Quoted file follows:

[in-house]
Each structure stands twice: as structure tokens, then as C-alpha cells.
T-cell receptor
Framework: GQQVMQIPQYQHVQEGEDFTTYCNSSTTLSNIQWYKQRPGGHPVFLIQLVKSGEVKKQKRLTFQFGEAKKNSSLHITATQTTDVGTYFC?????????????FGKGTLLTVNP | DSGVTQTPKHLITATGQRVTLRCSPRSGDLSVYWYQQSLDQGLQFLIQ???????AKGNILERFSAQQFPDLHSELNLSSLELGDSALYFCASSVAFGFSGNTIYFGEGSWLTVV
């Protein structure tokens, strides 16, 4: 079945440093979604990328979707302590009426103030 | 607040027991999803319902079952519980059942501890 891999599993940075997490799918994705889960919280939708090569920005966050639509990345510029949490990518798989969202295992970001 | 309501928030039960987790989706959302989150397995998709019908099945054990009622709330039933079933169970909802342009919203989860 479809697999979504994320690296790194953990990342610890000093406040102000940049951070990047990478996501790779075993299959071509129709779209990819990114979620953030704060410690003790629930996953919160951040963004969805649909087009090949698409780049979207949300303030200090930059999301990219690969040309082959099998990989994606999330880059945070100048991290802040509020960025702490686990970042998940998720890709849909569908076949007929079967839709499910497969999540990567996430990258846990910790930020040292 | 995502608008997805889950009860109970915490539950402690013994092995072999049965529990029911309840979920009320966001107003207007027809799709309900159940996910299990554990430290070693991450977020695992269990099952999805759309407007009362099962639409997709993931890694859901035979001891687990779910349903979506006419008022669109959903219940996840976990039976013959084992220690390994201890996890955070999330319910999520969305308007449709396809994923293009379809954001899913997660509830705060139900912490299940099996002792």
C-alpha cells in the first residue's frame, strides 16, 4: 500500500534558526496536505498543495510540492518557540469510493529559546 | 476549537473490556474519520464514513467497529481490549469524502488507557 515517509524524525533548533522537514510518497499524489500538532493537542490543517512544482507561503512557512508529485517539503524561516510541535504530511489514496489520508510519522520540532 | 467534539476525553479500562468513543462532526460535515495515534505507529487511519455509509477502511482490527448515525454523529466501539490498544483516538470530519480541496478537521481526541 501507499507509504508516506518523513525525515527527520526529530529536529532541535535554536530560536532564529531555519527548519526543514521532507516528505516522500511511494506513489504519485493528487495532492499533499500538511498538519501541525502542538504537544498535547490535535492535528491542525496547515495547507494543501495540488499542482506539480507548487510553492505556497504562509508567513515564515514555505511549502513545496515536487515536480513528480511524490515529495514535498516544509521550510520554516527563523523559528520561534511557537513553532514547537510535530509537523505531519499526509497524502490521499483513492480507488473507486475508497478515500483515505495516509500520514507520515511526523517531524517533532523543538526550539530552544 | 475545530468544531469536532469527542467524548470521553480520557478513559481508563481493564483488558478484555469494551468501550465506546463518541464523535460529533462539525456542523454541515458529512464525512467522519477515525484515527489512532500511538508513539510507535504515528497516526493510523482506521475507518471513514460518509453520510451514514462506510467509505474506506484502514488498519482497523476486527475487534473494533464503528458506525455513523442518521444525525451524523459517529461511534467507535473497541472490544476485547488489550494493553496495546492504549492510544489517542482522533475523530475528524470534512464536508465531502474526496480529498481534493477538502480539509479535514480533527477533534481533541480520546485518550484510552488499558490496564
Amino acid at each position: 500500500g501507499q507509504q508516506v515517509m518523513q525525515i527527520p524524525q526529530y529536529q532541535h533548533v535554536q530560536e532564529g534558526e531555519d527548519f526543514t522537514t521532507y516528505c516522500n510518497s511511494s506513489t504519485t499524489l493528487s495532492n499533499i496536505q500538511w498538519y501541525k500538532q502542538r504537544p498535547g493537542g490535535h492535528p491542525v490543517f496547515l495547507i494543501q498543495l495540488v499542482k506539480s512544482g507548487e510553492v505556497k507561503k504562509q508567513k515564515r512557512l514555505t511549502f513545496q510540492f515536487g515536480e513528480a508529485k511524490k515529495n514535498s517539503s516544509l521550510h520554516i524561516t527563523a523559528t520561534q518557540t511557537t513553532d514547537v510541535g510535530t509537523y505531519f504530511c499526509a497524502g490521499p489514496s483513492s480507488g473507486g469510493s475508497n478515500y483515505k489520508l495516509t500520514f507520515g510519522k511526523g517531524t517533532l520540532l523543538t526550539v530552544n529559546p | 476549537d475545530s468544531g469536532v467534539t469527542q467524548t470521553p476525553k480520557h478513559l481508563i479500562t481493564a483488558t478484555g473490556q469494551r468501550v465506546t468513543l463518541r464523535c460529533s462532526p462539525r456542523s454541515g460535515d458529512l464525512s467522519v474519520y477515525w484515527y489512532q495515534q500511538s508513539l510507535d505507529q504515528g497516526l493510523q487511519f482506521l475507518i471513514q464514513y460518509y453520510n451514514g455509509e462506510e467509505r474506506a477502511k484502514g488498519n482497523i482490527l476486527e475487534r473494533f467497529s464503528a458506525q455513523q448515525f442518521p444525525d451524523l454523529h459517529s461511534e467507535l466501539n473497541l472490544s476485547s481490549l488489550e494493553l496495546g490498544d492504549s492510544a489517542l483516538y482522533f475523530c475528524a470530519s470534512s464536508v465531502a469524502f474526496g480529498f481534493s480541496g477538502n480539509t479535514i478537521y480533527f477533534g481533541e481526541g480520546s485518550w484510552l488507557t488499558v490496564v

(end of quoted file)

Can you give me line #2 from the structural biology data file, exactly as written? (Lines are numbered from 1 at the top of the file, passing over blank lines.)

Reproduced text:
Each structure stands twice: as structure tokens, then as C-alpha cells.